Michelin created the Challenge Bibendum in 1998—the centenary of Bibendum (the “Michelin Man”)—as a demonstration of technologies and progress towards the goal of sustainable mobility.
The 2006 Challenge, running 8-12 June in Paris, is organized around three themes: primary energies and energy carriers for the vehicles of the future; advanced technology for environmental protection in the context of increasing urbanization; and technology for road safety.
In the run-up to this 2006 Challenge, Michelin, in partnership with the LH2 survey institute, conducted an international online survey on the public perception of sustainable mobility.
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Carried out in five countries—China, France, Germany, Japan and the United States—the study found that while fewer than 20% of the people surveyed had heard of the term, 55%, when asked to choose a definition, said it meant mobility that is more respectful of the environment.
When asked to define the car of tomorrow, three-quarters said it would be non-polluting. Other criteria were far behind in the poll, notably safety (27% for a car that automatically avoided obstacles) and technology (19% for a computer-driven car and 18% for a totally silent vehicle). There was a divide between the Asians (Chinese and Japanese) who emphasized onboard intelligence, and the Europeans, who focused on environmental protection.
The people surveyed generally were not willing to make radical changes in their behavior to protect the environment. Overall, just 41% said that public transportation should be used increasingly and only 21% said they were willing to pay more for a cleaner car. With regard to this issue, the countries whose citizens are most concerned about the environment were China (28%) and Germany (27%).
Three-quarters of the people surveyed said that there wouldn’t be enough oil 30 years from now. This view was held by 74% of the French and 85% of the Chinese, while the Americans were the least worried (66%).
Globally, those surveyed looked to electricity, followed by natural gas and biofuels as key technologies for the next five years. For the longer term, they favored solar energy and fuel cells. Water, however, was overwhelmingly cited as a having little credibility as an energy source. And 28% of Americans still believe that gasoline will be the energy of the future.
One of the survey’s big surprises to Michelin was that the car engine, the major source of automotive fuel consumption, was mentioned by only 35% of the people surveyed as having a real impact on the environment. Tires, whose rolling resistance accounts for one tank of gas out of five, was mentioned by 24% of respondents, ranking it seventh in terms of environmental impact.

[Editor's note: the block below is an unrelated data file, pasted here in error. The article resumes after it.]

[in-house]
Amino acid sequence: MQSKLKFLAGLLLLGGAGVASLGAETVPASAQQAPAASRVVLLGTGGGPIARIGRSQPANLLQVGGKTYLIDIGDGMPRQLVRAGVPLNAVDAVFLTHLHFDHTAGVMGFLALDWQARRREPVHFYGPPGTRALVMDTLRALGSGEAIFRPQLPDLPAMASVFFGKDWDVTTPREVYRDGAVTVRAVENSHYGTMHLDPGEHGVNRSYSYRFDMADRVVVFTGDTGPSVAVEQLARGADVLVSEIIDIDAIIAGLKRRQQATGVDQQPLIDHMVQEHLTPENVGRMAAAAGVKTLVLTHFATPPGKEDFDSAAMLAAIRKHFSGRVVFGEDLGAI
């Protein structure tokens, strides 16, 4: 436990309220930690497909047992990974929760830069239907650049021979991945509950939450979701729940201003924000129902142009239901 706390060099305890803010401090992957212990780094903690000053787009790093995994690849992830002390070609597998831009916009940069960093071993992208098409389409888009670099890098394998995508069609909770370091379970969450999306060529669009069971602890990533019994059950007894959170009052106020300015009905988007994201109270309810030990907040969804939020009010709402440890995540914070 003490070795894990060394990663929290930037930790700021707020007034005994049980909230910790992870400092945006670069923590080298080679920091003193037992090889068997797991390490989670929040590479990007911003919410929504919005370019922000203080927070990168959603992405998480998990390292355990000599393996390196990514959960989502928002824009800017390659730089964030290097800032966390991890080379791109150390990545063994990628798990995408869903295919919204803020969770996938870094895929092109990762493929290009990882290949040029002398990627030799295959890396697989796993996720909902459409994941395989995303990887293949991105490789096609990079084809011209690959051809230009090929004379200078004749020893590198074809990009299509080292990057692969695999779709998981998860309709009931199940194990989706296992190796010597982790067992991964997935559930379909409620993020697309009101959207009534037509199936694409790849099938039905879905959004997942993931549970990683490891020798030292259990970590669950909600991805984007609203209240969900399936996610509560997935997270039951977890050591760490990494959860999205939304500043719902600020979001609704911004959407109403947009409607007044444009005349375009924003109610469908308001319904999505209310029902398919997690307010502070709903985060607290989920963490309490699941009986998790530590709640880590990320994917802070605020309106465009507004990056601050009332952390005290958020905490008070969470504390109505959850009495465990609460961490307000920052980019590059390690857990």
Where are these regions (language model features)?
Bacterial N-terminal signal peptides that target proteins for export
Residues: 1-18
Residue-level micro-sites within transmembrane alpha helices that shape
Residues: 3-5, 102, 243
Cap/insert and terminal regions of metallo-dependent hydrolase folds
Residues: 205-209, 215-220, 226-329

Overall, the respondents judged the most important source of vehicle fuel consumption was sudden stops and starts (58%), uneven driving speeds (48%) and traffic jams (40%). France and Japan were the countries that rated traffic jams highest as a source of fuel consumption.
56% of the Japanese believe that the goal of sustainable road mobility is to reduce automobile pollution, the highest percentage in any of the countries included in the survey.
Half of the Japanese feel that the use of public transportation should be encouraged to promote the concept of sustainable road mobility. 84% of them say they would be willing to pay 5% more for a cleaner car.
Japan, along with China, is one of the countries that is most receptive to the concept of sustainable road mobility. Confronted with heavy road traffic in a limited amount of space, the Japanese are especially sensitive to the challenges of managing traffic flows, reducing urban pollution and protecting the environment, according to the survey results.
68% of the Germans believed that the goal of sustainable road mobility is to protect the environment—the highest percentage in any of the countries included in the survey. Virtually all Germans have heard about cars that run on biofuels. 83% of them believe that natural gas will be widely used to power motor vehicles within five years.
32% of the Americans surveyed believe that the goal of sustainable road mobility is to protect the environment, the lowest percentage in any of the countries included in the study. Half of the Americans surveyed think that the goal is to reduce urban traffic congestion, the highest percentage in any of the five countries. Half of them feel that public transportation should be used increasingly to promote the concept of sustainable road mobility. For one out of four Americans, the energy of the future will be gasoline.
Half of the Chinese surveyed have heard about sustainable road mobility. In China, promoting more environmentally friendly road traffic is the most often mentioned objective of sustainable road mobility (65%), followed by alleviating urban congestion (51%) and reducing automotive emissions (also 51%).
59% of the Chinese surveyed say they have heard of biofuels, compared with 53% in Japan, the two lowest percentages of the five countries in which the survey was conducted. 86% of them say they would be willing to pay 5% more for a cleaner car.
The survey included 5,061 Web users age 18 to 65 (1,061 from France and 1,000 each from China, Japan, the United States and Germany), conducted online from February 27 to March 10, 2006 using the quota method of sampling.